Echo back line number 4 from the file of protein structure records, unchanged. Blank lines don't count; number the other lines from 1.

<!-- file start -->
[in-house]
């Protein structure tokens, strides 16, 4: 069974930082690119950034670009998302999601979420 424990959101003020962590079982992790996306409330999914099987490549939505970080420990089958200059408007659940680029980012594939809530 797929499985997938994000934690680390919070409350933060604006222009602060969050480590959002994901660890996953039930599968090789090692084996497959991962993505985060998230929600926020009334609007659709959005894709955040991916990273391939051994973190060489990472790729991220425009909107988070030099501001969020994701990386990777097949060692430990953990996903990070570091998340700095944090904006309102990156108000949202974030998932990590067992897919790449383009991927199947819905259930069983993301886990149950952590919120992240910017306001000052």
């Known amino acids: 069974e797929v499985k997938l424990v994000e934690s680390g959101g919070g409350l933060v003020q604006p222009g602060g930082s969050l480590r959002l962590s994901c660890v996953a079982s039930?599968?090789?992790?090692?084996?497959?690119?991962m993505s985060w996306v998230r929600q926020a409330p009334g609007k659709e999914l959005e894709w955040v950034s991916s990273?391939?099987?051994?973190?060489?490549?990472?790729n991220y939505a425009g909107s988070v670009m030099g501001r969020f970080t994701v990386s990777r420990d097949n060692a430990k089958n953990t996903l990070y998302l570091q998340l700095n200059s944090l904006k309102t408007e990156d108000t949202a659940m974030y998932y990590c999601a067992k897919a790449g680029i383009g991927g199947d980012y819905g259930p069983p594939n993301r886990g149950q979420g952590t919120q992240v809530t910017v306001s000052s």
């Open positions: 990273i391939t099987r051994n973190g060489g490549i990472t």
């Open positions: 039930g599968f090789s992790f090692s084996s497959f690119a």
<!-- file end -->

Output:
């Open positions: 990273i391939t099987r051994n973190g060489g490549i990472t």